The painting presents the Madonna enthroned with the Child, two praying angels and the saints Nicola da Tolentino, Agostino, Luca Evangelista and Monica, under an elegant canopy. The work should be recognized as a preparatory sketch for a large altarpiece, still unknown today. As proof of this, the measures of the panel intervene, not suitable for an altarpiece in a church or even for a small chapel in a private residence; the painting, which in some points, such as the two angels on either side of the Madonna and Child or in the Saint Luke the Evangelist, is deliberately left in the draft; and, finally, for the presence of evident repentances. In this regard, the left arm of the holy bishop, initially thought closer to the right one, and the right hand of the saint can be noted.
Although the table is a sketch, some details of great pictorial refinement can be seen, demonstrating the painter’s quality and the importance that these objects had compared to the final work: the gold finishes, for example in the San Nicola da Tolentino, in the the little angel’s loincloth at the top left and in the globe held by the Child, enrich the preciousness of the composition. The somatic features of the figures are outlined in the tip of the brush, while the robes are constructed through a more vigorous and less rigorous brushstroke, further demonstrating how the work was not to be considered independent. In this regard, note the cope of the holy bishop, in which figurative decorations – saints or apostles – and a decoration in imitation of velvet can be seen, executed with a quick brushstroke that effectively traces only the general profile.
The saints are qualified by a luminous palette that highlights the central representation with the Madonna and Child, St. Augustine and the angel in the upper right corner in particular. The shadows and lights are studied with particular attention: the two praying angels are wrapped in the shadow created by the canopy and the chiaroscuro effects on St. Luke, St. Monica and on the steps of the throne are accurate. The presence of the canopy is a clear legacy of the Florentine culture of the early sixteenth century: think of the altarpieces by Raphael (Madonna del Baldacchino, Galleria Palatina in Palazzo Pitti, Florence) and Fra Bartolomeo (Pala Pitti, Galleria Palatina in Palazzo Pitti, Florence) , from which our painter takes up – as was still the norm in the second half of the sixteenth century in Florence – the general composition of the Sacred Conversation.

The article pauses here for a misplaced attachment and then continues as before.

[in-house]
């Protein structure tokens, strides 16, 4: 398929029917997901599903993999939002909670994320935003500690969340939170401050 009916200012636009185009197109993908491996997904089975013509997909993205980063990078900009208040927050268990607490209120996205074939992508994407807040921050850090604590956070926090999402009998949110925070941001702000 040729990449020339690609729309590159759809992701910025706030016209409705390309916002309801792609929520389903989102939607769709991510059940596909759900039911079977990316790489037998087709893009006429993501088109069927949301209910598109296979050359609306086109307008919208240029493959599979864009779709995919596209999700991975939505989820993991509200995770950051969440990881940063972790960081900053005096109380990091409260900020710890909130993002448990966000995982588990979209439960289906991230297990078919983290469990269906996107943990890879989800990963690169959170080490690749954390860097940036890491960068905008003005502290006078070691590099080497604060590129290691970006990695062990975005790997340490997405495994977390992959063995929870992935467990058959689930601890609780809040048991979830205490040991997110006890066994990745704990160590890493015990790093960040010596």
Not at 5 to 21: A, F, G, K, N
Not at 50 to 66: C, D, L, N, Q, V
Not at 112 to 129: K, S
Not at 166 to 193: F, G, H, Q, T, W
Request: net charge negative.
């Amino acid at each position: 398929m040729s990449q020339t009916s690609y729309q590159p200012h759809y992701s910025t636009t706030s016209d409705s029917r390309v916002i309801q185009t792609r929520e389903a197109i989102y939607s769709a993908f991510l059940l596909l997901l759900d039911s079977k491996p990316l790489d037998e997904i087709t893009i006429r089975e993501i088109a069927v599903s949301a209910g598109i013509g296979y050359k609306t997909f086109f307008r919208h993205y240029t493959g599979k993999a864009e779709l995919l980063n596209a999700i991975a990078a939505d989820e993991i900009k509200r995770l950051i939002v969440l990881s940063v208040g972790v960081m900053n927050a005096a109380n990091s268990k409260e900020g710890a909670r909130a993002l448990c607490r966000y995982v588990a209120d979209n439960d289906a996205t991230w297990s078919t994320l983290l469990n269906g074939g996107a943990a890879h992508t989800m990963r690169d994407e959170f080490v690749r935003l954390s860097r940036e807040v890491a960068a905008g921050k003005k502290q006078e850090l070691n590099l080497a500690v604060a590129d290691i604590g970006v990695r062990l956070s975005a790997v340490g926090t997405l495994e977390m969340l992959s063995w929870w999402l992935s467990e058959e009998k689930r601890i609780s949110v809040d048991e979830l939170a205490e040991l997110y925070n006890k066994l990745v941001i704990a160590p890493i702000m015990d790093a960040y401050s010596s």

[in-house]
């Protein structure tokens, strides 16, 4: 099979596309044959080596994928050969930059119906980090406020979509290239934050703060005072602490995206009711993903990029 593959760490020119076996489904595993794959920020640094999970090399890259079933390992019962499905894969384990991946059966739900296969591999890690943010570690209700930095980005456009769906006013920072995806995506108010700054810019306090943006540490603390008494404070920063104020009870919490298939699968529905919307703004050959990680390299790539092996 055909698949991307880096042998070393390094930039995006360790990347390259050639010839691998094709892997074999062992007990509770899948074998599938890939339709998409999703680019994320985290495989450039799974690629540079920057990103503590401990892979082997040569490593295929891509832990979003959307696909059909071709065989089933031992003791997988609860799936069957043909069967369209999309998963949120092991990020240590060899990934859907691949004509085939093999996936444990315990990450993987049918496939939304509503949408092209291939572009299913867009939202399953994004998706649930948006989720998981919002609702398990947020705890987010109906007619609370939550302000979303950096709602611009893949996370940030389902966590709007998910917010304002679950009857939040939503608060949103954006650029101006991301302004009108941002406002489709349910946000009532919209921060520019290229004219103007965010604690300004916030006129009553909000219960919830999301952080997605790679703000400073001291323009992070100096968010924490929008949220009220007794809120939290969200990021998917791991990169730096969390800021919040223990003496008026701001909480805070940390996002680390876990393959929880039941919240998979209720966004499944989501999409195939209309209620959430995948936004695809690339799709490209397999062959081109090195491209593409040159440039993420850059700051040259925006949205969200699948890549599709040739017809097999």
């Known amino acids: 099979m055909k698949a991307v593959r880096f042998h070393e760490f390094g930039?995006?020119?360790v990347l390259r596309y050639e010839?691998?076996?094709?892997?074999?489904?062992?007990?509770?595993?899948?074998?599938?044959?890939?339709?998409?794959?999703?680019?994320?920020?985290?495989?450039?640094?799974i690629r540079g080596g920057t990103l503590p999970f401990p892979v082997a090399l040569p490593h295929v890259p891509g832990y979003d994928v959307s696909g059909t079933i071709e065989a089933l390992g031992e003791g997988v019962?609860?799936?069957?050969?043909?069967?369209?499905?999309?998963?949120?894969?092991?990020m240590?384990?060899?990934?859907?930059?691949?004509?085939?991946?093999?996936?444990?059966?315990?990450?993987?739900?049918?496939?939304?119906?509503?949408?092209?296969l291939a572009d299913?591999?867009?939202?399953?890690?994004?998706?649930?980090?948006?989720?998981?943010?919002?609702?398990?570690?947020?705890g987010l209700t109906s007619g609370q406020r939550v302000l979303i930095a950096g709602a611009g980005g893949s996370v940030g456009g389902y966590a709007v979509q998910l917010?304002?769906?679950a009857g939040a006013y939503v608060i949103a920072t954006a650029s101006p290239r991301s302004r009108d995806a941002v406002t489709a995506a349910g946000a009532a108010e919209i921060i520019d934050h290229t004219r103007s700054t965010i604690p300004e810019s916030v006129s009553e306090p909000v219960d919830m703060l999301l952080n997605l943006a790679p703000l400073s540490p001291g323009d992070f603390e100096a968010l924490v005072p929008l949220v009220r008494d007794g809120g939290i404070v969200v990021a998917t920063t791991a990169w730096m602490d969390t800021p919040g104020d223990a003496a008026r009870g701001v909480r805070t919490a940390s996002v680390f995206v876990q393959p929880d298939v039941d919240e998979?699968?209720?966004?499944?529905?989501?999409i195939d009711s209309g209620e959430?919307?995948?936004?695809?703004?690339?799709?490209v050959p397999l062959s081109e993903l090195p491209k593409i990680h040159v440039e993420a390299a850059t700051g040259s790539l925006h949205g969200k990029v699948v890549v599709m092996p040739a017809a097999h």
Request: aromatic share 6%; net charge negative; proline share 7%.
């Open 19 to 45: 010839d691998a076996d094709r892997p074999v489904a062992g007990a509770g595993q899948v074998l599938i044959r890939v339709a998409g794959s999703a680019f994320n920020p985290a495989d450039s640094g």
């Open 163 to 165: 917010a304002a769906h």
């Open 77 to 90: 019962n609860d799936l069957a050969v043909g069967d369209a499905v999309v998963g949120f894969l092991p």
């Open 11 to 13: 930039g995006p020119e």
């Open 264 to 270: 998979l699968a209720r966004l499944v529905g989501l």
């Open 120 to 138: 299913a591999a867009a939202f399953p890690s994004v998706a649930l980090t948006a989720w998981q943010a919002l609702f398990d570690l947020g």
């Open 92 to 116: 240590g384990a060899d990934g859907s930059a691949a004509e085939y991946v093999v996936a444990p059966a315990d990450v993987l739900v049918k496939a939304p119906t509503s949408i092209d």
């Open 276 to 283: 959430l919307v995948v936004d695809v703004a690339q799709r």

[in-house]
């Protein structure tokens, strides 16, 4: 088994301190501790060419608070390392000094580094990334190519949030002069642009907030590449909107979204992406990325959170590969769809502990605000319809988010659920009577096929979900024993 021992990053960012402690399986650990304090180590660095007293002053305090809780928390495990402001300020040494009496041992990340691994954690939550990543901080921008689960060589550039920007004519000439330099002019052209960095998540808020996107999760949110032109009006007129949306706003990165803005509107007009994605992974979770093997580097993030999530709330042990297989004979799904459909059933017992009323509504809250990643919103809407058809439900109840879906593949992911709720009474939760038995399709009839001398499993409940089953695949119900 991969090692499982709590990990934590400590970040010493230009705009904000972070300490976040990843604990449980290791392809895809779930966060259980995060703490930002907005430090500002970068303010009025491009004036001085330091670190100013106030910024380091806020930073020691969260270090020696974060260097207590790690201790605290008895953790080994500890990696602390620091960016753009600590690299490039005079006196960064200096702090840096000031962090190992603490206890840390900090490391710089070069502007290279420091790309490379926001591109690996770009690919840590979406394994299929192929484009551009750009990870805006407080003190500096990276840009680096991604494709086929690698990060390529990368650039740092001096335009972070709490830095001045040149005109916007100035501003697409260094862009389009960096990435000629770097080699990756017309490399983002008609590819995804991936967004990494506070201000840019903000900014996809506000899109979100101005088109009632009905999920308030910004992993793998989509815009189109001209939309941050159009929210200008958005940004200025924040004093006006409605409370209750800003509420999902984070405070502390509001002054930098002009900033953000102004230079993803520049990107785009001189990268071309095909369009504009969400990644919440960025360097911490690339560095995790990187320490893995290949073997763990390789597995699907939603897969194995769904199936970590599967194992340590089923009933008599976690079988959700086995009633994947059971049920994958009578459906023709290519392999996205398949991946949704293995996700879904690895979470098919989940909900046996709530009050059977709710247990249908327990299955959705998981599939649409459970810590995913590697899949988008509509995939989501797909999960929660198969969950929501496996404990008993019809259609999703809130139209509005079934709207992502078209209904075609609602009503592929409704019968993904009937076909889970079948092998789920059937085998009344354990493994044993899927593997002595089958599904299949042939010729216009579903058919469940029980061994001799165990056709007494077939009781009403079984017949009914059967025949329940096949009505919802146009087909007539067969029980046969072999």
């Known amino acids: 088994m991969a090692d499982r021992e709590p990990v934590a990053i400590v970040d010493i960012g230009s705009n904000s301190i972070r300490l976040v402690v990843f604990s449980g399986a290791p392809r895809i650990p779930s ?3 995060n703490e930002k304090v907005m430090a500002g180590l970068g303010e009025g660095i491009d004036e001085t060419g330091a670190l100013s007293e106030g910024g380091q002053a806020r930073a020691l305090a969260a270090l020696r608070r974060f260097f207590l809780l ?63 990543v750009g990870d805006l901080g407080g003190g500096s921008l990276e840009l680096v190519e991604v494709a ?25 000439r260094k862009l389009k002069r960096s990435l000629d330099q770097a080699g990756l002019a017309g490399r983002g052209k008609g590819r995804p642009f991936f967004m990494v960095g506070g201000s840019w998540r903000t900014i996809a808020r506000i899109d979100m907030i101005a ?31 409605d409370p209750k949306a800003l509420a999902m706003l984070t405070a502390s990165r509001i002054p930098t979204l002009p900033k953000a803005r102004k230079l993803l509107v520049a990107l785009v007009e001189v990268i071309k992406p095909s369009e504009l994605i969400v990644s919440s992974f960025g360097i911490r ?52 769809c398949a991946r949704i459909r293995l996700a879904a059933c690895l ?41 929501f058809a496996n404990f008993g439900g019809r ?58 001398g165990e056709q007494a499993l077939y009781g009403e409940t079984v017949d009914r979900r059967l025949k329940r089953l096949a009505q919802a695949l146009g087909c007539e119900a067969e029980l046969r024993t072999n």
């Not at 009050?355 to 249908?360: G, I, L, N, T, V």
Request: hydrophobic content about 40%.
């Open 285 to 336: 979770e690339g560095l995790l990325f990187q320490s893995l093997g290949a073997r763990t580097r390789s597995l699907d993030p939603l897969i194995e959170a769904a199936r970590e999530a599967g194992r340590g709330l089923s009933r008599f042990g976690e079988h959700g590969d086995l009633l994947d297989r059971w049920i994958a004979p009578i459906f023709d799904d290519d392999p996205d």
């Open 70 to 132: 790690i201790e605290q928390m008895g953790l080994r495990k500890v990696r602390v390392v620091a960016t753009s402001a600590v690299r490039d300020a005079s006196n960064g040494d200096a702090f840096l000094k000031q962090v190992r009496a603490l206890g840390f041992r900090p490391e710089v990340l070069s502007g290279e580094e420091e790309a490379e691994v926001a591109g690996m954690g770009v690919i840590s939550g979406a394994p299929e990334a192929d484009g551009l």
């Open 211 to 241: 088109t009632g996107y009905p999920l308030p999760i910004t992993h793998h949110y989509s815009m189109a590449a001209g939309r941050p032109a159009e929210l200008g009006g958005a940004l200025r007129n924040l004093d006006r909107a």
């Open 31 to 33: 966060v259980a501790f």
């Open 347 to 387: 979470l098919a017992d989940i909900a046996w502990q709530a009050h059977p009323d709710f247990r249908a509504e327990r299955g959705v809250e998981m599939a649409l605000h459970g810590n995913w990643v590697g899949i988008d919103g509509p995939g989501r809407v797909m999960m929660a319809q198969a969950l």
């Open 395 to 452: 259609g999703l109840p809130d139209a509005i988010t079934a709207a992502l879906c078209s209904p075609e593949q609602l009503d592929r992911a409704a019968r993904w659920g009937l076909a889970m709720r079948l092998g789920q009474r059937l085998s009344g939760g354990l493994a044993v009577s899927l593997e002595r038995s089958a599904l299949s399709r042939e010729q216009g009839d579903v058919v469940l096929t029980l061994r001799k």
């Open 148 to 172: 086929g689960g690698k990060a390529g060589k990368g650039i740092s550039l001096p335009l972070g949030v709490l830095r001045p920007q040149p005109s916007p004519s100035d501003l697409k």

Marco Collareta is responsible for the attribution of the work to Santi di Tito (Borgo San Sepolcro 1536 – Florence 1603) on the occasion of the famous 1980 exhibition: Palazzo Vecchio: Medici patrons and collectors. On that occasion the scholar gave the panel in the full sixties of the sixteenth century, recognizing a close link with the altarpiece fired by the Tuscan painter in 1566 for All Saints in Florence and noting in the painting still “the memory of the chromatic vivacity of the frescoes created by the painter in the course of his stay in Rome by 1564 “(M. Collareta, 552. Madonna with Child, Angels and Saints, in Palazzo Vecchio: Medici commissioning and collecting, Milan 1980, pp. 283-284.)
The presence of the holy bishop Augustine and the Augustinian saints Nicholas of Tolentino and Monica leaves no doubt in estimating that the work was commissioned by a community of Augustinians or by a private individual devoted to that order. The presence of the Evangelist could be motivated by the dedication of an altar or chapel to that saint, or by the client whose name must have been Luke. The Basilica of Santo Spirito is the home of the Augustinians in Florence and could certainly be a place for which Santi di Tito worked in this case. Considering how the painter, absolute protagonist of Florentine and Tuscan painting of the second half of the sixteenth century, was engaged in different commissions in the Florentine countryside and in Tuscany (for example in Arezzo, Cortona and Grosseto) and the widespread diffusion of the Augustinian order in this and other regions, it remains difficult to pinpoint their location.
Dimensions: 86.5×71.5 cm
• Florence Biennale, 1965, A. Chelini & C. Gallery
• Palazzo Vecchio: Medici commissioning and collecting, Florence 1980